Humans (Neanderthal Parallax #2), Robert J. Sawyer

Tor, 2003, 384 pages, C$34.95 hc, ISBN 0-312-87691-2

Ding! In this second round of the Neanderthal Parallax trilogy, the plot thickens slightly, the exposition continues unabated, hard-core interspecies naughtiness is graphially described and a distasteful subplot is resolved in a manner that will strike some as silly and others as ridiculous. Sawyer’s usual preoccupations with theology and matrimony are also finally allowed to simmer to the surface. As if that wasn’t enough, more explicit Canadian flag-waving also ensues. Otherwise, it’s business as usual.

When we last left Hominids, the (mostly) self-contained first volume in the Neanderthal Parallax trilogy, a quantum bridge had been opened between two civilizations in alternate universe: Our human world and another one evolved from what we know as Neanderthals.

Things aren’t simple as this second volume gets underway. Neanderthal physicist Ponter Boddit may start the novel in his alternate reality, but it doesn’t take a long time until he back in ours again as an assistant-ambassador. Meanwhile, Marie Vaughan may have been snapped up by an American think-tank, but she too doesn’t end up spending a lot of time away from Ponter. Later on, she even makes the trip over to the other universe and gets to see the differences between the two societies for herself. There is an assassination attempt (I’m not telling where or how), a Significant Scene between Ponter and Mary and one or two ominous developments regarding events in the upcoming third volume, but otherwise that’s the extent of Humans‘ plotting.

What abounds, however, is plenty of exposition and speculation thinly disguised as dialogue. Neanderthal society, in this trilogy, has never known agriculture, has managed to develop information-age technology while side-stepping industrialization and has unanimously agreed on not only ritualized mating, but also the omnipresence of personal life-recording devices. With such radical notions, it fall to Sawyer to make us understand how this may have happened, or at the very least sufficiently suspend our disbelief. As a lifelong hard-SF fan, I’m easy when it comes to disbelief suspension, but this shouldn’t be taken to mean my agreement with Sawyer’s thinly-developed thesis. While the first volume hand-waved away doubts about the sustainability of development without large cities, Humans half-heartedly attempt an explanation in a horribly condescending chapter (Twenty-Four: P.210-221) that mixes Native American smugness (!) with silly non-rhetoric (“Hello!” said Henry “Earth to Angela!”) that ends up proving not much if the exact opposite of Sawyer’s argument. Add that to the “unified society” fallacy (in which alien societies are monolithic blocks where no dissension is ever expressed and where such whoopers as massive birth regulation are enacted with nary a peep) and the whole trilogy suddenly seems based on very wobbly foundations. In short, I wasn’t convinced. And I found it Highly Significant that the prehistoric annihilation of humans in the Neanderthal universe is never seriously discussed.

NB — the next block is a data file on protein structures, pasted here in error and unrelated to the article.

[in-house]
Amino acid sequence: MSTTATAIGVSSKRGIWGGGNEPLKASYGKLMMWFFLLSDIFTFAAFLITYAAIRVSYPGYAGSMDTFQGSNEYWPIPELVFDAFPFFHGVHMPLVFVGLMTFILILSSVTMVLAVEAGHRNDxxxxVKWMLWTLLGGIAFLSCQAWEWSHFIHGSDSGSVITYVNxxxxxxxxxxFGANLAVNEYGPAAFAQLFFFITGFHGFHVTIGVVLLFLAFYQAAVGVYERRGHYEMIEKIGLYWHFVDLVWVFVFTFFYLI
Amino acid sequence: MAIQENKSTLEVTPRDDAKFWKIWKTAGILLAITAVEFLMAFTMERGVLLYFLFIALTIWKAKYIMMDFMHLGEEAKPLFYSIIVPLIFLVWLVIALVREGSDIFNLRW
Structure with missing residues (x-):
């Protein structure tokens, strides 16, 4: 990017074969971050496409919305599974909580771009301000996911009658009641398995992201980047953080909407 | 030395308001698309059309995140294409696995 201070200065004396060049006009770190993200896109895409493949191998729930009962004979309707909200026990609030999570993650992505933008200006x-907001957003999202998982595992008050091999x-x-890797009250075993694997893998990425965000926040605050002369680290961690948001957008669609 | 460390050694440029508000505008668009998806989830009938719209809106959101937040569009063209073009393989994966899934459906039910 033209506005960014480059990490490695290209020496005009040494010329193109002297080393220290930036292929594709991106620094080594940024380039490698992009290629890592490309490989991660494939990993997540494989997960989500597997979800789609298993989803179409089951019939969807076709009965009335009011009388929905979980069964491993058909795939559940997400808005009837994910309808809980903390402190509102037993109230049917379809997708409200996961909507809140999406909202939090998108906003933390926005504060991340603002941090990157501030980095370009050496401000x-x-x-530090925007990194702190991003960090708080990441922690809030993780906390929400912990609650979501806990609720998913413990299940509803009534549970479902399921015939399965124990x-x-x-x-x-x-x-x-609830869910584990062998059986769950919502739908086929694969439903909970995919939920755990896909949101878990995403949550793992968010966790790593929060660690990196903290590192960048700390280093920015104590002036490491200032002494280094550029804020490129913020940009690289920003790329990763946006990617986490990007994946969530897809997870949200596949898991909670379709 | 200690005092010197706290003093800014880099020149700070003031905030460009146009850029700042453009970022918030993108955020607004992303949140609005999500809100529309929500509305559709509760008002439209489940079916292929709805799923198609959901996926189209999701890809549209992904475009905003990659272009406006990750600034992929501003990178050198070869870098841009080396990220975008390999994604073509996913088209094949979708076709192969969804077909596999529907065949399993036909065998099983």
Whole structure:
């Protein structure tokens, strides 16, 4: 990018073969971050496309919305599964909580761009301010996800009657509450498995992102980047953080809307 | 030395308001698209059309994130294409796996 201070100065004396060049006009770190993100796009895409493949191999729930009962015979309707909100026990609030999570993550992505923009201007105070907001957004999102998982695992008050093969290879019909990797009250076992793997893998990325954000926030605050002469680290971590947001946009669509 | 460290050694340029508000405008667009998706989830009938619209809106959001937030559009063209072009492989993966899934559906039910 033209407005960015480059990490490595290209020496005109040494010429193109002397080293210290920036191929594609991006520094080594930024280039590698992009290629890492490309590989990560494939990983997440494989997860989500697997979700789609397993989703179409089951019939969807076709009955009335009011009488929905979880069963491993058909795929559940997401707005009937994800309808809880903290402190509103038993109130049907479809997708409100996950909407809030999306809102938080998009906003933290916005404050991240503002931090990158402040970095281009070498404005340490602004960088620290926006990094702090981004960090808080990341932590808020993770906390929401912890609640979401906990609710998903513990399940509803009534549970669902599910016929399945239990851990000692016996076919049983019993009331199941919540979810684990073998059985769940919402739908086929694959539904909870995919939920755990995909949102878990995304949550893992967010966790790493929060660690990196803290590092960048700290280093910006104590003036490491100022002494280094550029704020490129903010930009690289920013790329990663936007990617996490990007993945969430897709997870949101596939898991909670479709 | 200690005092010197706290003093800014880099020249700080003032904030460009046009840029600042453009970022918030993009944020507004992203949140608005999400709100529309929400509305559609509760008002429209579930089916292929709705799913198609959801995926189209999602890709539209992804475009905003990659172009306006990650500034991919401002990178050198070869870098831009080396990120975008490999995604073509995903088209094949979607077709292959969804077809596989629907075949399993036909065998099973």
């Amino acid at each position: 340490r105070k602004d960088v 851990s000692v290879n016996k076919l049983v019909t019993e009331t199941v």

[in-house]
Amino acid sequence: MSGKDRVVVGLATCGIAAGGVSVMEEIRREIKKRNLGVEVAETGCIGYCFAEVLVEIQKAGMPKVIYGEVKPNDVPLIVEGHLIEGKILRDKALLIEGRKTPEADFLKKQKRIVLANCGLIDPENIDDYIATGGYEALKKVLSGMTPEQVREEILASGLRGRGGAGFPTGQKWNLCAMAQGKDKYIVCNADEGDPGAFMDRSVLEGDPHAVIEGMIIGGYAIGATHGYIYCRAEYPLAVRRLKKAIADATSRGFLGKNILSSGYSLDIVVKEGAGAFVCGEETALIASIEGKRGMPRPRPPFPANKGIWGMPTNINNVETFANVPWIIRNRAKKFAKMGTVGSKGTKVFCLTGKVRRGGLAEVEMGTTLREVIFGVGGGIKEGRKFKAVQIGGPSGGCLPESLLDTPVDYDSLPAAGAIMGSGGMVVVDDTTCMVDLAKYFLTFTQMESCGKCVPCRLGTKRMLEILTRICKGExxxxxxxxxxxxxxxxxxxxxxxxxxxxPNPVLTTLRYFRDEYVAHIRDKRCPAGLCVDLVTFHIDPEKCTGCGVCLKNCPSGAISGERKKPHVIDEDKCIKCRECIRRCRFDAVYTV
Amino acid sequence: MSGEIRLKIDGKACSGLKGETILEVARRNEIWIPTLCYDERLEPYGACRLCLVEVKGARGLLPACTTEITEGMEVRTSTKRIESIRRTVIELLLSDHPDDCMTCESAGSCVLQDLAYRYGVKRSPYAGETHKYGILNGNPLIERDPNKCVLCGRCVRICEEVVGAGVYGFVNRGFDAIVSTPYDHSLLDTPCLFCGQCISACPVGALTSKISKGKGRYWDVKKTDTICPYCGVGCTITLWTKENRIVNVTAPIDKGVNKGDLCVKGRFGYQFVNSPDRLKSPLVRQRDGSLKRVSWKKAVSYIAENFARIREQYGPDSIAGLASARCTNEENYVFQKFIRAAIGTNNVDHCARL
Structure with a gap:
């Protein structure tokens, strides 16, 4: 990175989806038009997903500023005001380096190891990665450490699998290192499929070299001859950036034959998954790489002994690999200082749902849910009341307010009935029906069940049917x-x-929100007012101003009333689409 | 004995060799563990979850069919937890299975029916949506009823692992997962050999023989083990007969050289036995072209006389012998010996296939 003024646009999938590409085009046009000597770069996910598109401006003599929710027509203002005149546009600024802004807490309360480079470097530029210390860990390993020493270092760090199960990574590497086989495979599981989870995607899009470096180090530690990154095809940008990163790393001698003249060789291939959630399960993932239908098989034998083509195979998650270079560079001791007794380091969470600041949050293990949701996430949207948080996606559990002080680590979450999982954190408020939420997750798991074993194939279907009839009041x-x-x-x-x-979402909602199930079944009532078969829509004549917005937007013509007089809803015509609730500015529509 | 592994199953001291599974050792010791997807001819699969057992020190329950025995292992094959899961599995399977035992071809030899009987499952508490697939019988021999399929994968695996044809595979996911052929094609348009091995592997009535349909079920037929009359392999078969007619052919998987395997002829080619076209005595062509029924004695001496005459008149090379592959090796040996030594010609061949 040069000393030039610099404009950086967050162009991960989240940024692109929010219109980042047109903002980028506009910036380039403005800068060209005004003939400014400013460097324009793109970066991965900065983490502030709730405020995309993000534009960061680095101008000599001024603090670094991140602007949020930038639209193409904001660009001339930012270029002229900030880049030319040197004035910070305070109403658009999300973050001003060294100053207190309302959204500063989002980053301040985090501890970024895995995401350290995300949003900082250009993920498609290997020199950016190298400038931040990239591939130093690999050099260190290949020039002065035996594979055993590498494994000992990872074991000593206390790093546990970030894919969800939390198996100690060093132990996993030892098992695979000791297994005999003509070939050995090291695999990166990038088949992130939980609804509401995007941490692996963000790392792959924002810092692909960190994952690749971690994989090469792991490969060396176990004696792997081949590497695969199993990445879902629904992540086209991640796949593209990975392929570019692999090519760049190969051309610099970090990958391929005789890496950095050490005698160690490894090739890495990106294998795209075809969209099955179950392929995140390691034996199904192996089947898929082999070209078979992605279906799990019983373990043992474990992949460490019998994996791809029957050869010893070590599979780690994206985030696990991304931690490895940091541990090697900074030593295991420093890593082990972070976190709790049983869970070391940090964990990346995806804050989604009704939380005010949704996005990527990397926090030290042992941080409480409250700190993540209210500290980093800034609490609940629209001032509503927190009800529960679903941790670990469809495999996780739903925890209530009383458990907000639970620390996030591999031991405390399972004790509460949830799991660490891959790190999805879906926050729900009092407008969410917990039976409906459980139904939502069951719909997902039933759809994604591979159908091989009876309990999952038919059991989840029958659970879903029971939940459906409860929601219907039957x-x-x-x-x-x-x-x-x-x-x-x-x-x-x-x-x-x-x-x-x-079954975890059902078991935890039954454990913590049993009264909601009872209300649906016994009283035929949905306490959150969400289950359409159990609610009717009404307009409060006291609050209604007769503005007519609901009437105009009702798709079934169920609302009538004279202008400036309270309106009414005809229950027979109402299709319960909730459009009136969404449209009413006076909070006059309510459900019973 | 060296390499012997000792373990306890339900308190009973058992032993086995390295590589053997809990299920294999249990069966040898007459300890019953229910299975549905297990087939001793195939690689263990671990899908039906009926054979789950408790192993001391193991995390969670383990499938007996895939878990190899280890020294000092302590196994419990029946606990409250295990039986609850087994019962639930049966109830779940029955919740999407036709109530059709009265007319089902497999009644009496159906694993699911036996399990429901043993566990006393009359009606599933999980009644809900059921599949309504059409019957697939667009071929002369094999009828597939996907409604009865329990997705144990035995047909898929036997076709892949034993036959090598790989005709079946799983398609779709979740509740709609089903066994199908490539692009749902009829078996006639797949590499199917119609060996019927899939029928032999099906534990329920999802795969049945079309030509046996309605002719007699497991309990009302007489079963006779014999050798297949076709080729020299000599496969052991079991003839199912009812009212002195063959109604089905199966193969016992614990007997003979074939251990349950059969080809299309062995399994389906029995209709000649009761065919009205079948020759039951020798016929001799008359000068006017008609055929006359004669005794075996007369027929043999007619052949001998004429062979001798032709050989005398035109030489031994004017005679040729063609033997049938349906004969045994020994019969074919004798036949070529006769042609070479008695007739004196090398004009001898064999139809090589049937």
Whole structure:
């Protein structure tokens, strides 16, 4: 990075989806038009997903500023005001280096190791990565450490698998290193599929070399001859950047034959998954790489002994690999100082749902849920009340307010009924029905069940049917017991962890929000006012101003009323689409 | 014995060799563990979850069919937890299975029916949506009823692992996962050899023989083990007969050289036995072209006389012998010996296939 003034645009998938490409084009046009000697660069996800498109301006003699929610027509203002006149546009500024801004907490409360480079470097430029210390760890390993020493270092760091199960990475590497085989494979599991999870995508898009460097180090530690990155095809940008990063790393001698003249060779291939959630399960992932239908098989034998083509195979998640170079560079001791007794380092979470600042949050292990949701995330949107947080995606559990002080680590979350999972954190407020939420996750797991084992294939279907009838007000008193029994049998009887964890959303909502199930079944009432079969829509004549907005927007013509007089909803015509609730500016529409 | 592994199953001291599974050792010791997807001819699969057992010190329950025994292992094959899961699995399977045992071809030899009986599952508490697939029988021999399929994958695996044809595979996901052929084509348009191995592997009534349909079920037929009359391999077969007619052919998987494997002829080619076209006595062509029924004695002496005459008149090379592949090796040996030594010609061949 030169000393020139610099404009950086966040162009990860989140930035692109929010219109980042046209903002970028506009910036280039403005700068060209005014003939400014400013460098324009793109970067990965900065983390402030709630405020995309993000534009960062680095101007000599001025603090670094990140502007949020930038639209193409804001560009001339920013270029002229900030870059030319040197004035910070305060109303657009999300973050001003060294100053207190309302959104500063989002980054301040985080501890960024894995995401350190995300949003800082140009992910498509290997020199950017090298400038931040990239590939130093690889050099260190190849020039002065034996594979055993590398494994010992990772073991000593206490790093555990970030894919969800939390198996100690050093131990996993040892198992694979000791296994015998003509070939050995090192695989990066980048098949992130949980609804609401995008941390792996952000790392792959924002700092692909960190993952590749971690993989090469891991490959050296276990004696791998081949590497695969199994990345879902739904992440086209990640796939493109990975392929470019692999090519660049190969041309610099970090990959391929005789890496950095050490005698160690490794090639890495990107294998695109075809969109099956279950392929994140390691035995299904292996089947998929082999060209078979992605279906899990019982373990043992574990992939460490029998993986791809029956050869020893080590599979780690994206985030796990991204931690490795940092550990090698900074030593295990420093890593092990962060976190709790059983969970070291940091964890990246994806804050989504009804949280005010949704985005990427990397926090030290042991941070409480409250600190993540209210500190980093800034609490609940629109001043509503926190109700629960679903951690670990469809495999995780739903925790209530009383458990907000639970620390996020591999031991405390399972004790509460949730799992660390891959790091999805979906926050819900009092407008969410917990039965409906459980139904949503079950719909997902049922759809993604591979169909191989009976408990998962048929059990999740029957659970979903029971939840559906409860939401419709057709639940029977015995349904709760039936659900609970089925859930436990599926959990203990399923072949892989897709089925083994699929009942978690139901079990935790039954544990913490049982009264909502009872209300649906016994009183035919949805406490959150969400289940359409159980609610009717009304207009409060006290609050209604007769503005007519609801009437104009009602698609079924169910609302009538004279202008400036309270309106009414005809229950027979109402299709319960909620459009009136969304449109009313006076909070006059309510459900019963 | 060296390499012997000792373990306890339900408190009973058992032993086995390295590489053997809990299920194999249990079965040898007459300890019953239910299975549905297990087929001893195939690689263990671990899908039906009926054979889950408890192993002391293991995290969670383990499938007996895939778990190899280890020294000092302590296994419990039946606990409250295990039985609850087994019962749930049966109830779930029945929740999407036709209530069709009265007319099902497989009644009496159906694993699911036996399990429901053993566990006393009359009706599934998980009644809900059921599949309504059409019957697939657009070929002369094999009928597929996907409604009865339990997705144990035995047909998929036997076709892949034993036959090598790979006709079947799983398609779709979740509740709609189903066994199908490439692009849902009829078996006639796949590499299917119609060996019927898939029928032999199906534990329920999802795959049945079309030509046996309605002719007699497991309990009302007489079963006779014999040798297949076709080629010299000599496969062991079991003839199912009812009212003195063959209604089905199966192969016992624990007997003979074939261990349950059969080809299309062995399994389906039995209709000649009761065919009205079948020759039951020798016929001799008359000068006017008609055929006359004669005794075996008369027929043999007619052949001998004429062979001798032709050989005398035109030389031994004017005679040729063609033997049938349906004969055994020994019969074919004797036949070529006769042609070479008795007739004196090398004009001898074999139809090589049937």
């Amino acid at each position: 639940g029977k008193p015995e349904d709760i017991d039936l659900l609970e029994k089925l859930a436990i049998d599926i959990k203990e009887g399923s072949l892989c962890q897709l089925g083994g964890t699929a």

I’d like to comment on the resolution-of-sorts of the “rapist” subplot, but I can’t trust myself to do it without being sarcastic. Your Mileage Might (Hopefully) Vary.

But onward. For being a nitpicker is just no fun when confronted with such an easily readable book. While some of the material may be exasperating, it’s a creditable effort to develop an interesting alternate society and imagine what could happen if a brand-new Earth was discovered right alongside ours. As usual, Sawyer’s prose is lean, clunky, and instantly readable. There are better, more satisfying novels out there, but few of them are as absorbing as Sawyer’s work; even as you’re protesting rather loudly against what’s written down, you can’t help but to turn the page to see what happens next.

Which will bring us, eventually, to the conclusion of the trilogy

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